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10,000 Capacity Music Festivals Still Happen / NFT Craze / Record-Breaking Crowdfunding Campaign for an Indie Album

10,000 Capacity Music Festivals Still Happen / NFT Craze / Record-Breaking Crowdfunding Campaign for an Indie Album
By Taiwan Beats • Issue #1 • View online

We're Rebuilding Our Newsletter!
Throughout the past few years, we’ve been constantly sending out newsletters to everyone who is keen to know more about the music of Taiwan. We compiled the most interesting stories published on our website, the most anticipated new releases and upcoming events, and some of the playlists that we recommended you to follow. However, we have felt that those past issues are lack of personality and interaction, making them much more like marketing tools rather than real conversations with those who have passions for and interest in the music of Taiwan. That’s why now we move to Revue and relaunch the newsletter, hoping to create a more friendly and pleasing reading experience. From now on, we’ll bring you the most important topics (written in an original form!) happening in Taiwan’s music scene and industry. If you have any question or specific topic that you want to know about, please let us know.
Music festivals still happen in Taiwan.
On March 27th 28th, at a pier of Kaohsiung, a southern city in Taiwan, Megaport festival strikes back after one year hiatus. 
With over 120 bands, 10 stages and more than 10,000 participants this year, Megaport, with its nearly 15 years of history, is without a doubt one of the biggest live music events in Taiwan. This year, livestreaming of the two main stages were also available on LINE TODAY, giving chances for oversea viewers a quick glance of the Taiwanese music scene.
With agile and effective response to the pandemic, Taiwan has largely held concerts and events as normal. Nonetheless, the exciting crowds at Megaport, which was its full capacity, were all masked up. Fans from all over Taiwan filled out the health management form and took body temperature while entering indoor venues.
As the bracing spring breeze came, more and more music fests were about to follow the footstep of Megaport. In April came 16 music fests in this island nation. From fests that were held within city’s usual venues, outdoor fests at sightseeing spots near beachside in order to promote local tourism, to campus events held by college students, no matter what purpose or what scale it might be, music fans in Taiwan are sure pleased to still being able to go to live gigs and music fests.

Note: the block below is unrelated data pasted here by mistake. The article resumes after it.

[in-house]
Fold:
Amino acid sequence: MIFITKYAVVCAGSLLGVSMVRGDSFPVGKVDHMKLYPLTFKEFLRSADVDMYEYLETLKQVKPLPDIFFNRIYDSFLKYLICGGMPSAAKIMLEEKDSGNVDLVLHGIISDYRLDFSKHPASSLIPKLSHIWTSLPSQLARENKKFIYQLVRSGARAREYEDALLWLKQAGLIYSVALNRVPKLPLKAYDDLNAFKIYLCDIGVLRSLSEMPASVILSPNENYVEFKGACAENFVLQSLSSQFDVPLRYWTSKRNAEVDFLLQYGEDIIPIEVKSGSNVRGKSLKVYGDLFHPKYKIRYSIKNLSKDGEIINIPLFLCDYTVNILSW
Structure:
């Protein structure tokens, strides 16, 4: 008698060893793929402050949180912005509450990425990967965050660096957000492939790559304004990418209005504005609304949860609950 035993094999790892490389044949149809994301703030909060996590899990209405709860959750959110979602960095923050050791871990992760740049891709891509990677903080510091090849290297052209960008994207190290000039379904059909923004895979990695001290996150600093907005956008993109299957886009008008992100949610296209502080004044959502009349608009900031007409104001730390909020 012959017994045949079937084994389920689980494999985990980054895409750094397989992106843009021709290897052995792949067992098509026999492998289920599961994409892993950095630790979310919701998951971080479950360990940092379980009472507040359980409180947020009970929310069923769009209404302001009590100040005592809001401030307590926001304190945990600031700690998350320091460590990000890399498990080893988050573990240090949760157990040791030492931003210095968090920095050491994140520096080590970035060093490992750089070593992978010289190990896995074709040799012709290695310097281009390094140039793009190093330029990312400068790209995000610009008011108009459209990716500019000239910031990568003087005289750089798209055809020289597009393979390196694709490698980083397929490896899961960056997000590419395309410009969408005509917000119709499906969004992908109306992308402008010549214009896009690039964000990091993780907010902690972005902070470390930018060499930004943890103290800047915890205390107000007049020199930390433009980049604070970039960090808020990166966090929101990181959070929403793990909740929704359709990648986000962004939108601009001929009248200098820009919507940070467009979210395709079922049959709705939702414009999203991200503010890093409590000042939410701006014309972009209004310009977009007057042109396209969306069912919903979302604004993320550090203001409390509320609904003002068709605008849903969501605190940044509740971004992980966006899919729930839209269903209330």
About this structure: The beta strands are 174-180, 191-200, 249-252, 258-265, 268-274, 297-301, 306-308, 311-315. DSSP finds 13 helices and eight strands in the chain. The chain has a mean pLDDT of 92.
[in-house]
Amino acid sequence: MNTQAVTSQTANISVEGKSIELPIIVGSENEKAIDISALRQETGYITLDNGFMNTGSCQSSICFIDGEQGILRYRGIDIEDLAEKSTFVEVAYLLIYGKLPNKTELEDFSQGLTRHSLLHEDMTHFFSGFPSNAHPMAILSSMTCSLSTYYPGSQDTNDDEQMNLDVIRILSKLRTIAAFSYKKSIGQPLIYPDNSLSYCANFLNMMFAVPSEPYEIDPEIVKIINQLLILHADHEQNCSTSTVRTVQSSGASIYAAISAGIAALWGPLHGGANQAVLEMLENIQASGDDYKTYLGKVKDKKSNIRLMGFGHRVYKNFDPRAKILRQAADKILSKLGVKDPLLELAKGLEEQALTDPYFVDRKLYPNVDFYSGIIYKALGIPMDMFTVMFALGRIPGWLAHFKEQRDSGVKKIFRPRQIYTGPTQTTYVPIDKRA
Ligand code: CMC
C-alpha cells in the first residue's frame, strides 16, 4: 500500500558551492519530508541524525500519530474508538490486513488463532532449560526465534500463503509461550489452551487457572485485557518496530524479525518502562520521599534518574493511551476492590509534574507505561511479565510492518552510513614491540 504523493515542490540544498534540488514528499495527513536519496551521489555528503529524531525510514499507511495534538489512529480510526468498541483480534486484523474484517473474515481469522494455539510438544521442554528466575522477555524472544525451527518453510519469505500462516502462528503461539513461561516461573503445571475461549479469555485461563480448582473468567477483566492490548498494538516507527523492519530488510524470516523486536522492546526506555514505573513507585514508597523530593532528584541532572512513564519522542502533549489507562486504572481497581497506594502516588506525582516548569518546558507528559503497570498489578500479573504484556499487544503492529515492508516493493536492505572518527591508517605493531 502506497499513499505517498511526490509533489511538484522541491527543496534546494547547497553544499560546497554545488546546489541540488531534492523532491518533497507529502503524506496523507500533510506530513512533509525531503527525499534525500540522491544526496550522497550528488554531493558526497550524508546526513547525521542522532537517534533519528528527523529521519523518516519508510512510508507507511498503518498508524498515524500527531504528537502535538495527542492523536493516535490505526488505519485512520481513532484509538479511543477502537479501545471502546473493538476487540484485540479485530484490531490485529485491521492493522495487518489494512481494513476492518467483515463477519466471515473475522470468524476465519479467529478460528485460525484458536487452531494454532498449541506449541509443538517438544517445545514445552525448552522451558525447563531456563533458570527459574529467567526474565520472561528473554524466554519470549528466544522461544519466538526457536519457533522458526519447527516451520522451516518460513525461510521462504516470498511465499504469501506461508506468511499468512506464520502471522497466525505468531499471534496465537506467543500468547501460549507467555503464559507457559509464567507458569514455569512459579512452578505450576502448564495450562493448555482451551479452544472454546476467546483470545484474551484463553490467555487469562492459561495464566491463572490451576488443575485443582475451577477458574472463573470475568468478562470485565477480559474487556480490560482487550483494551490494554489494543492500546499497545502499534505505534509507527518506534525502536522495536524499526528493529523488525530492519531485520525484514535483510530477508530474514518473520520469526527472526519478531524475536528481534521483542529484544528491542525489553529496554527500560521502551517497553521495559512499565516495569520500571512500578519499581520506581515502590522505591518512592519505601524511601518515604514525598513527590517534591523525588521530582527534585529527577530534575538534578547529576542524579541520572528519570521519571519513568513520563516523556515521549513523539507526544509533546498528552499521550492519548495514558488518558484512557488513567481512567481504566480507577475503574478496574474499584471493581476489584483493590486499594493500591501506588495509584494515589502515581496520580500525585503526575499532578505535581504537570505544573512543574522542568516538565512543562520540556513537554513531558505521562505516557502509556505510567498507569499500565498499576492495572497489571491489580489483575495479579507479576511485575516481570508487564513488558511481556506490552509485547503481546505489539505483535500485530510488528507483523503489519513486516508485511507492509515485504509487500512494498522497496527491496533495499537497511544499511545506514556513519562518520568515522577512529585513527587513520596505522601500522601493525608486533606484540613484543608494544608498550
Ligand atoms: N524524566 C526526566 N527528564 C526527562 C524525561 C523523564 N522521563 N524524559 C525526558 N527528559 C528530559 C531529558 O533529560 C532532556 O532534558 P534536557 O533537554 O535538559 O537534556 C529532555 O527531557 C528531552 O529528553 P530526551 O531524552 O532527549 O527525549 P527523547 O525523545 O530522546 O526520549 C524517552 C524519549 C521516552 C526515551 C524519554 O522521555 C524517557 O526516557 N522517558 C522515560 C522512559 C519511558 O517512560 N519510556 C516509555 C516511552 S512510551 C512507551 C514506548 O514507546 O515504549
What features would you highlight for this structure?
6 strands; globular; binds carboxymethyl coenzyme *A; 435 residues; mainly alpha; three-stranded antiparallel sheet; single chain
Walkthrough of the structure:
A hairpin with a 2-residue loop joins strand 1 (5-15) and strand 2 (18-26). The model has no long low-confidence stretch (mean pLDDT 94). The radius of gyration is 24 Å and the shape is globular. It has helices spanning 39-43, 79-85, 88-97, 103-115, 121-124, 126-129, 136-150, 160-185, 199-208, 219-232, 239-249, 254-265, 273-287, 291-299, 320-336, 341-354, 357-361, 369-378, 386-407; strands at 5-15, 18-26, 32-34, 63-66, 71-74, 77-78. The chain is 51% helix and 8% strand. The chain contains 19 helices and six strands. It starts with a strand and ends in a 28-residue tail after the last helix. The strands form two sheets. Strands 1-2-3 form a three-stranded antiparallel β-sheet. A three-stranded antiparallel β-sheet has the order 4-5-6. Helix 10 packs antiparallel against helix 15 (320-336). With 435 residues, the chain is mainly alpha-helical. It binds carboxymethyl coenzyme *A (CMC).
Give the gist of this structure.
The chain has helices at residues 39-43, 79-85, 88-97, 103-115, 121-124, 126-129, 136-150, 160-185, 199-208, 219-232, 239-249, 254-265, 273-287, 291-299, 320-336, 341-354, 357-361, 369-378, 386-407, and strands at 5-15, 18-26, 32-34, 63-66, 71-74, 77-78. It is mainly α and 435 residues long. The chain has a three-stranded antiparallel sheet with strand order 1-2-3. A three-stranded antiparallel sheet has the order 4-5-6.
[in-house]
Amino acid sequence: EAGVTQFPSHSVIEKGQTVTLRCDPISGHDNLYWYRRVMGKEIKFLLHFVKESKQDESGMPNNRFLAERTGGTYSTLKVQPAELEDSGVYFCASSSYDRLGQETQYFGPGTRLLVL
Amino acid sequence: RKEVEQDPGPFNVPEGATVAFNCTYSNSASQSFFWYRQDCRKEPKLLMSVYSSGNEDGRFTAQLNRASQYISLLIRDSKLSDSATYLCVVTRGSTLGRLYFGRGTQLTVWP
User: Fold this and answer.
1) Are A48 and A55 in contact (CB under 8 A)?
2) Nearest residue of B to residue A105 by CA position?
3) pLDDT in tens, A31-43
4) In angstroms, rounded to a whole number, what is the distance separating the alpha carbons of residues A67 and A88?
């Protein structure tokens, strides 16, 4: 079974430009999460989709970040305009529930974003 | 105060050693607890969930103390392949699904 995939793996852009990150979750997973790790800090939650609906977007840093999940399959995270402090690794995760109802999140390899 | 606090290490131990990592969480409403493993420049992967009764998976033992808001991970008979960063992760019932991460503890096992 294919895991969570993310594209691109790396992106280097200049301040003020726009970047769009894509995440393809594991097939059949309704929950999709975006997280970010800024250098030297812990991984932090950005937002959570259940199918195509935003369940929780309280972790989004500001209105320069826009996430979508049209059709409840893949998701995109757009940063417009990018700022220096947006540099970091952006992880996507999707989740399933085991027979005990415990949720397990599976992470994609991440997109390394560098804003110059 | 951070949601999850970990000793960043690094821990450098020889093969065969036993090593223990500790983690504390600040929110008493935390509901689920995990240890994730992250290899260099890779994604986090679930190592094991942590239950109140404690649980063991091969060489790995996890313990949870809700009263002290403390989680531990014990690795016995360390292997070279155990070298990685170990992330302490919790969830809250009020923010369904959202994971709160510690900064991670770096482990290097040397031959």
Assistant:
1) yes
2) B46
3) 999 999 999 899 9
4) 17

Punk rock band Fire Ex. performed to thousands of fans at Megaport. (Photo courtesy of Tsuji Music)
Punk rock band Fire Ex. performed to thousands of fans at Megaport. (Photo courtesy of Tsuji Music)
A niche, a novelty, an evolution, or just a fad? NFT landed in Taiwanese music market.
On March 23rd, Mandopop artist Eric Chou announced on his Instagram that he will be launching his first NFT project soon. While this may or may not be the first NFT case in Taiwanese music market, Chou, who just held a concert with 10,000 fans last August and made himself up on TIME Magazine, did shake things up a little with his diving into the NFT market.
While Eric Chou chose to put his work on OpenSea, one of the biggest NFT platform, several Taiwanese NFT services have also started to work their way through the marketplace. FANSI, Jcard and OURSONG all recently announced their joining in NFT and their collaborations with artists in order to put out the first wave merchandise. OURSONG, founded in 2019 under KKBOX Group, is a digital music platform using and promoting blockchain technology in Taiwanese music industry. With new function added, it gradually developed into an invite-only social media. This April they started to provide NFT service, which claimed to be “the world’s first music lover’s marketplace where musicians can create and trade non-fungible tokens (NFTs)“ called Vibes. Up until now, there are R&B singer Julia Wu’s newest single, cover artwork of metal band Flesh Juicer’s 1st album GIGO, and another singer Kimberley Chen’s remix album Kow Tow: Princess Tendency Remix, all sold on OURSONG in NFT form. However, whether NFT will be a niche or a game-changer in the industry is still worth some further observation.
Sorry Youth setting a new record in music-related crowdfunding.
The crowdfunding campaign of alternative rock trio Sorry Youth’s newest album Bad Times, Good Times reached 3 million NTD (approx. 107,492 USD), setting a new record in Taiwanese music-related crowdfunding history.
The campaign started on March 23rd with an initial goal of 500,000 NTD which was achieved with 4 minutes, and then the amount peaked and reached one million within two hours. The campaign ended on April 26th with 3.1 million and broke the record in Taiwanese music-related crowdfunding history. The record was last held by folk rock group Sheng Xiang & Band’s 2.6 million in 2016.
Sorry Youth is a Taiwanese indie three-piece band formed in 2005. The name came from a tribute gig towards Sonic Youth. Their music blends 90’s alternative with noise-pop, punk, and shoegaze. They recently just played at the main stage of Megaport, one of the biggest music fests in Taiwan.
Aside from CD, they have also planned to release vinyl, too. This time they work with New York sound engineer Greg Calbi on the master tape. Greg is an iconic engineer who has mastered Bob Dylan’s Blood on the Tracks, Bruce Springsteen’s Born to Run, and David Bowie’s Young Americans.
拍謝少年 Sorry Youth - 踅夜市 Nightmarket  (Official MV)
拍謝少年 Sorry Youth - 踅夜市 Nightmarket (Official MV)
And if you ever wondered what was the most-discussed showcase at this year's SXSW Online...
Taiwan Beats Showcase at SXSW Online 2021 | Enno Cheng, Fire EX., The Chairs and NekoJam
Taiwan Beats Showcase at SXSW Online 2021 | Enno Cheng, Fire EX., The Chairs and NekoJam
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